A regular patron of a busy coffee shop one day spotted a small billfold on the floor. She picked it up and found that it contained $2,000 in cash and a valuable diamond ring that was taped to inside flap. Instead of turning it over to the restaurant or the police, she took it home and laid it in her nightstand, where it set for two months. During that period, the owner of the billfold placed several ads in the newspaper and had posted a notice for a reward prominently in the coffee shop. A customer who saw the notice remembered seeing the patron pick up a billfold on the floor a few months back, and he reported it to the police. The police got a warrant and found the billfold and its original contents still sitting in the patron’s nightstand. She was arrested for criminal theft. She defended by arguing that she intended to return the money, and that’s why she never spent or moved it. Is this a theft under most modern theft statutes?
In a murder prosecution, the prosecution offered into evidence numerous photos of the decedent lying in a puddle of her own blood, of the bruises and marks on her body, and other aspects of the death scene. The defense objected to the photos on the basis that its probative value was outweighed by the danger of unfair prejudice in allowing the jury to see them. Will the trial court exclude the photos?
Several landowners had residential premises in a development called “The Lakes.” One owner’s property contained a small improved beach area that could be used for swimming. That owner gave oral permission to several neighbors to use the beachfront for swimming, as a friendly neighborly gesture. That owner sold her property to a new owner. The new owner erected fences and signs saying, “keep out.” The neighbors sued, claiming that they had an easement by implication through prior usage to use the beachfront. Will the court restore the use of the beachfront to the neighbors?
A man died in a hospital of a fatal, highly contagious disease. A hospital clerk neglected the set protocol of marking the body with warnings that there was a communicable disease involved. The funeral director embalmed the body without taking extra precautions, which caused him to have a great deal of contact with the corpse’s blood and fluids. When he found out about the disease, he sued the hospital for damages, including severe emotional distress. Which of the following is the most likely tort theory that the plaintiff can successfully assert against the hospital?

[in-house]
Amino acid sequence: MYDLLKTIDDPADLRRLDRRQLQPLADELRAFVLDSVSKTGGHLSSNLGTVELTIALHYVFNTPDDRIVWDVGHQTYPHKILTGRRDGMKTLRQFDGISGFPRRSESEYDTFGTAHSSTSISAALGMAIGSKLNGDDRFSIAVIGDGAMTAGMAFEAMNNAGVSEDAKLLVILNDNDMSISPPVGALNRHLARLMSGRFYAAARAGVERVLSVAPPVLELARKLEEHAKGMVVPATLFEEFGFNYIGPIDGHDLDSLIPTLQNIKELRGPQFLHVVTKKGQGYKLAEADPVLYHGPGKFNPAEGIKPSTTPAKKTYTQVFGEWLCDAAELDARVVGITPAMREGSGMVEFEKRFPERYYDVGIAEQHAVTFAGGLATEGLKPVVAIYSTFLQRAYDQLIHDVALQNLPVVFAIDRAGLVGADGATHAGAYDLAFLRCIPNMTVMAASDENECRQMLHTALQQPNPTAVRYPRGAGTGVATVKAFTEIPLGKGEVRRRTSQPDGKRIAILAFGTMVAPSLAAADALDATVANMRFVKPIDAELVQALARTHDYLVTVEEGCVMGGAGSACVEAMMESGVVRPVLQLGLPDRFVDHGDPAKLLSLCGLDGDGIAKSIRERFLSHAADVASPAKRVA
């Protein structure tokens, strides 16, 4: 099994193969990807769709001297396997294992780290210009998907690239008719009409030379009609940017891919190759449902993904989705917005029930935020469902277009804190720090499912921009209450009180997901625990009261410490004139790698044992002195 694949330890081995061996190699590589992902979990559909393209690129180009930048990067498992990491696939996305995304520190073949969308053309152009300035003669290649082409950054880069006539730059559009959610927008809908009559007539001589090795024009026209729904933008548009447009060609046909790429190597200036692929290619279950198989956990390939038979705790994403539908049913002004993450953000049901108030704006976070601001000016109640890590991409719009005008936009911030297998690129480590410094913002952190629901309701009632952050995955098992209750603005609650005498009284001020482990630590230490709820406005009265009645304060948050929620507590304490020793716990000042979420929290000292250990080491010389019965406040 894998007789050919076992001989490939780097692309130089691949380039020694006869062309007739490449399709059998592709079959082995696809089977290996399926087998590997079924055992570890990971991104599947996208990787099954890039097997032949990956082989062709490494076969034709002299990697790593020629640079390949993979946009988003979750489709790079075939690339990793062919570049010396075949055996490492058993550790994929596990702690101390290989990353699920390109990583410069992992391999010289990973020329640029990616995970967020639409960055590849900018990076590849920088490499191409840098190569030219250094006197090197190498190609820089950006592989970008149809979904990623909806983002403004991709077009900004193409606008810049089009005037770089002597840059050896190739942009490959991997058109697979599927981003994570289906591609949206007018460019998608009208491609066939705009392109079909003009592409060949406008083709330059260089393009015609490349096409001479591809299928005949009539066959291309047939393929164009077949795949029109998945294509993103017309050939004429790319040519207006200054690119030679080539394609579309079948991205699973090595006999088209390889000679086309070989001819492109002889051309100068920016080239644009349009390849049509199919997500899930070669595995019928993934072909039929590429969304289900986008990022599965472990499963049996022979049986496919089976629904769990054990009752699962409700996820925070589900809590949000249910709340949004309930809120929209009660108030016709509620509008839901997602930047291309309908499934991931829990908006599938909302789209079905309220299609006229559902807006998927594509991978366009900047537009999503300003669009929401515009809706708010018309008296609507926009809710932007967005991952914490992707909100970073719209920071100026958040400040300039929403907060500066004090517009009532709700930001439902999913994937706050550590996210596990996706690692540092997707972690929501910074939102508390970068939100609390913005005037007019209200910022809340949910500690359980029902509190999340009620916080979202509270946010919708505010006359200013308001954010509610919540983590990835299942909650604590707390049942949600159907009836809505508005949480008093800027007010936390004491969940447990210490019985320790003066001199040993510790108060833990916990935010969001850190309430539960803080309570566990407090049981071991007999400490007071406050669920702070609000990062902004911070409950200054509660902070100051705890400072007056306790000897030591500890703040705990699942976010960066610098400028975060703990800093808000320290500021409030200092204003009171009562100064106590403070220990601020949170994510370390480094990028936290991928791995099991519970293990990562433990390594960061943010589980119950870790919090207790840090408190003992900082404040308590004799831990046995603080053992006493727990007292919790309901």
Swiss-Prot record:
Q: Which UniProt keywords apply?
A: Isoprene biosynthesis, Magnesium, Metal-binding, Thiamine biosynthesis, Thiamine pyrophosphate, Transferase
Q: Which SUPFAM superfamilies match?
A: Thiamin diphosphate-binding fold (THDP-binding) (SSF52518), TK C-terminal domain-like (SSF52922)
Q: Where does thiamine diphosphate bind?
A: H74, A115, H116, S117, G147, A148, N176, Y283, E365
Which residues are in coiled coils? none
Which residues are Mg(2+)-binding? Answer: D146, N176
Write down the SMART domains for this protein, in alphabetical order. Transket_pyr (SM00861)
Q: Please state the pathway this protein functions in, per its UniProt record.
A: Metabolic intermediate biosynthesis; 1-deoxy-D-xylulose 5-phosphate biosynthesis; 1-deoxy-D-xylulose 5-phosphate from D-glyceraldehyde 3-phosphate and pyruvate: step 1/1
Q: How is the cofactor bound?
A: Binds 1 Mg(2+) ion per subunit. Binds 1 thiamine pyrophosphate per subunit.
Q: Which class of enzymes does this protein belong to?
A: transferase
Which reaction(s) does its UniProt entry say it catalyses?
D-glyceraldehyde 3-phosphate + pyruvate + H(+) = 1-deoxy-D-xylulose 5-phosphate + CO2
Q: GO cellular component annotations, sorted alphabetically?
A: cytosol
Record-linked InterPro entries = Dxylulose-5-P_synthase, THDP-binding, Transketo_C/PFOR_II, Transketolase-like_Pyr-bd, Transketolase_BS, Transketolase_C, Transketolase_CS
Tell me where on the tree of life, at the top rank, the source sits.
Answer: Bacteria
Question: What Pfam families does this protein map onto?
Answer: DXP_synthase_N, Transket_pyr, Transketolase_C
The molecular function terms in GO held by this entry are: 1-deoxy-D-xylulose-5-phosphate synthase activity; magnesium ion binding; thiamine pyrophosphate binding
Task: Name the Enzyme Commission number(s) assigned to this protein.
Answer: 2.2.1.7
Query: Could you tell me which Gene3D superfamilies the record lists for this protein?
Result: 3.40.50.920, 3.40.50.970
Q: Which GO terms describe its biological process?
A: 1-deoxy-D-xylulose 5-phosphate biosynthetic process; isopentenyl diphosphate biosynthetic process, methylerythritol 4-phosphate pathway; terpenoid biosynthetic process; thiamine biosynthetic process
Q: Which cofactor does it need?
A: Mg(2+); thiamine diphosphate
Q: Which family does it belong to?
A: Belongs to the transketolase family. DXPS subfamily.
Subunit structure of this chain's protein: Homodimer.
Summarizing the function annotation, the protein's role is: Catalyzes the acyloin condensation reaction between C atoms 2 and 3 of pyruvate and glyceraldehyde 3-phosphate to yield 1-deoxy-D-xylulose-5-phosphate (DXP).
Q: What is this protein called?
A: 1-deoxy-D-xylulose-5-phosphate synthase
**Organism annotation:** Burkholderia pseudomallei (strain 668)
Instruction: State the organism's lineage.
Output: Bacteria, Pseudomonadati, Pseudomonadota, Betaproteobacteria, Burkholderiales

A businessman files a complaint for defamation against a former customer in a federal district court. The businessman sends an adult friend to serve the complaint and summons to the home of the former customer. The friend leaves the papers with a cleaning person who is the only person home, and who has control of the premises for just the several hours while she is there doing her job. The defendant files a motion to dismiss for insufficiency of service of process under Rule 12(b)(5). Assume that state law regarding service of a complaint is the same as Rule 4 of the Federal Rules of Civil Procedure. What is the court's likely decision and reason?
Plaintiff filed a personal injury action against a trucking company whose truck rear-ended the A prisoner filed a pro se civil rights complaint against the prison, alleging that the authorities had treated him with deliberate indifference. He asserted that he had been beaten and tortured by other prisoners with the knowledge of prison officials, who did nothing to prevent or stop the attacks. The prisoner, however, did not identify any specific prison officials who were involved, nor did he give any details on when and where the beatings took place. The prisoner did not describe his injuries in detail in the complaint, due to the fact that he was waiting for his medical records, which were being held up by the prison. The defendants made a Rule 12 motion to dismiss, which the court granted. The court did not give leave to amend because it felt that plaintiff probably could not obtain all of the facts that he needed to make a well-pleaded complaint. The plaintiff filed an appeal, alleging that he should have been granted leave to amend the complaint. What is the court’s likely decision and why?